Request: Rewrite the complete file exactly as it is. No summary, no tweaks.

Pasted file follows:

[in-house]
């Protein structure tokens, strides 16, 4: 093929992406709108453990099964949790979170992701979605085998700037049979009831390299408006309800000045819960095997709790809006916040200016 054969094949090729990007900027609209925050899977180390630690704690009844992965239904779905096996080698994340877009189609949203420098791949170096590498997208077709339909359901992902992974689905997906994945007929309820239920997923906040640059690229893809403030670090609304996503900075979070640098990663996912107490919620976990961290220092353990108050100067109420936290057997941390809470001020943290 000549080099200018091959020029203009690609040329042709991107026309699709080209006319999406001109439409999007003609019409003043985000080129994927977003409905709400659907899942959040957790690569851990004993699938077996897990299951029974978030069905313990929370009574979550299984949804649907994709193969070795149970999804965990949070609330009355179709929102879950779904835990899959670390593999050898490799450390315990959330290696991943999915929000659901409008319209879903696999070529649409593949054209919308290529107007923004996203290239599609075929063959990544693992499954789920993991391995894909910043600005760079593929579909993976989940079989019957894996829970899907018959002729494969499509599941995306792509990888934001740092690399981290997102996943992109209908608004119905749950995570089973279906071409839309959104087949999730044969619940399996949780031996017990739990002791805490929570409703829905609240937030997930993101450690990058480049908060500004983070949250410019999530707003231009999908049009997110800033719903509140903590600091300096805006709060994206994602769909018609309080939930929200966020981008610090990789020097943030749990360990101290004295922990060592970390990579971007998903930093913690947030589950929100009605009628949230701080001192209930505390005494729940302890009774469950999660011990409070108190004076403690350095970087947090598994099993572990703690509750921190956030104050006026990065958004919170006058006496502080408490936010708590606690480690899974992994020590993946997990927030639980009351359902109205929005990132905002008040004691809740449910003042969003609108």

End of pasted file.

[in-house]
């Protein structure tokens, strides 16, 4: 093929992406709108453990099964949790979170992701979605085998700037049979009831390299408006309800000045819960095997709790809006916040200016 054969094949090729990007900027609209925050899977180390630690704690009844992965239904779905096996080698994340877009189609949203420098791949170096590498997208077709339909359901992902992974689905997906994945007929309820239920997923906040640059690229893809403030670090609304996503900075979070640098990663996912107490919620976990961290220092353990108050100067109420936290057997941390809470001020943290 000549080099200018091959020029203009690609040329042709991107026309699709080209006319999406001109439409999007003609019409003043985000080129994927977003409905709400659907899942959040957790690569851990004993699938077996897990299951029974978030069905313990929370009574979550299984949804649907994709193969070795149970999804965990949070609330009355179709929102879950779904835990899959670390593999050898490799450390315990959330290696991943999915929000659901409008319209879903696999070529649409593949054209919308290529107007923004996203290239599609075929063959990544693992499954789920993991391995894909910043600005760079593929579909993976989940079989019957894996829970899907018959002729494969499509599941995306792509990888934001740092690399981290997102996943992109209908608004119905749950995570089973279906071409839309959104087949999730044969619940399996949780031996017990739990002791805490929570409703829905609240937030997930993101450690990058480049908060500004983070949250410019999530707003231009999908049009997110800033719903509140903590600091300096805006709060994206994602769909018609309080939930929200966020981008610090990789020097943030749990360990101290004295922990060592970390990579971007998903930093913690947030589950929100009605009628949230701080001192209930505390005494729940302890009774469950999660011990409070108190004076403690350095970087947090598994099993572990703690509750921190956030104050006026990065958004919170006058006496502080408490936010708590606690480690899974992994020590993946997990927030639980009351359902109205929005990132905002008040004691809740449910003042969003609108």